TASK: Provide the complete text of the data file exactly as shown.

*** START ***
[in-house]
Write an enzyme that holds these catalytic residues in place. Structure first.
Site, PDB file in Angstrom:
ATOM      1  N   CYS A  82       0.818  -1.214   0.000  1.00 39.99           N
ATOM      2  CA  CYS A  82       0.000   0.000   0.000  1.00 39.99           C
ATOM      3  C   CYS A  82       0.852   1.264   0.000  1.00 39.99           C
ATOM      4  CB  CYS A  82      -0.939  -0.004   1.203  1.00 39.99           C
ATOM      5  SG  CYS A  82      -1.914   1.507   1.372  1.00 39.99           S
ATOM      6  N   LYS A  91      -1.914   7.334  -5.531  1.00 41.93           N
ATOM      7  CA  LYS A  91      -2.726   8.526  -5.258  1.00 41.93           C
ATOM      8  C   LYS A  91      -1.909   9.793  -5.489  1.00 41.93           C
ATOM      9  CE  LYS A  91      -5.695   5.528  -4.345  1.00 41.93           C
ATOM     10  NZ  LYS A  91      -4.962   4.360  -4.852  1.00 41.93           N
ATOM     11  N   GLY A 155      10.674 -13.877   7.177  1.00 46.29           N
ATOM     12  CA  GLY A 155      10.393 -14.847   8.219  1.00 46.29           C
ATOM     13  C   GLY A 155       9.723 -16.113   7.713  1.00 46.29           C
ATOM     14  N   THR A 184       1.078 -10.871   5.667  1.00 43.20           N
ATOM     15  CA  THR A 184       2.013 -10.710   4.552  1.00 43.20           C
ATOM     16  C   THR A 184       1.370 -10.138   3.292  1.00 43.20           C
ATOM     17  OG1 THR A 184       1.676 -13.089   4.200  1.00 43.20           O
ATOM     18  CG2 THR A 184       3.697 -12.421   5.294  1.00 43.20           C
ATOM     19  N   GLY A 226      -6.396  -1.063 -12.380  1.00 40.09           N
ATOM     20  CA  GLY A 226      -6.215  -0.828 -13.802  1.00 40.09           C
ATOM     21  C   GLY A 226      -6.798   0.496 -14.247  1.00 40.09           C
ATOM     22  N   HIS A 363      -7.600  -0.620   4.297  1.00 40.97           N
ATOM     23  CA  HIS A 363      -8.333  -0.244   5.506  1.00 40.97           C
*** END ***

[in-house]
Write an enzyme that holds these catalytic residues in place. Structure first.
Site, PDB file in Angstrom:
ATOM      1  N   CYS A  82       0.818  -1.214   0.000  1.00 39.99           N
ATOM      2  CA  CYS A  82       0.000   0.000   0.000  1.00 39.99           C
ATOM      3  C   CYS A  82       0.852   1.264   0.000  1.00 39.99           C
ATOM      4  CB  CYS A  82      -0.939  -0.004   1.203  1.00 39.99           C
ATOM      5  SG  CYS A  82      -1.914   1.507   1.372  1.00 39.99           S
ATOM      6  N   LYS A  91      -1.914   7.334  -5.531  1.00 41.93           N
ATOM      7  CA  LYS A  91      -2.726   8.526  -5.258  1.00 41.93           C
ATOM      8  C   LYS A  91      -1.909   9.793  -5.489  1.00 41.93           C
ATOM      9  CE  LYS A  91      -5.695   5.528  -4.345  1.00 41.93           C
ATOM     10  NZ  LYS A  91      -4.962   4.360  -4.852  1.00 41.93           N
ATOM     11  N   GLY A 155      10.674 -13.877   7.177  1.00 46.29           N
ATOM     12  CA  GLY A 155      10.393 -14.847   8.219  1.00 46.29           C
ATOM     13  C   GLY A 155       9.723 -16.113   7.713  1.00 46.29           C
ATOM     14  N   THR A 184       1.078 -10.871   5.667  1.00 43.20           N
ATOM     15  CA  THR A 184       2.013 -10.710   4.552  1.00 43.20           C
ATOM     16  C   THR A 184       1.370 -10.138   3.292  1.00 43.20           C
ATOM     17  OG1 THR A 184       1.676 -13.089   4.200  1.00 43.20           O
ATOM     18  CG2 THR A 184       3.697 -12.421   5.294  1.00 43.20           C
ATOM     19  N   GLY A 226      -6.396  -1.063 -12.380  1.00 40.09           N
ATOM     20  CA  GLY A 226      -6.215  -0.828 -13.802  1.00 40.09           C
ATOM     21  C   GLY A 226      -6.798   0.496 -14.247  1.00 40.09           C
ATOM     22  N   HIS A 363      -7.600  -0.620   4.297  1.00 40.97           N
ATOM     23  CA  HIS A 363      -8.333  -0.244   5.506  1.00 40.97           C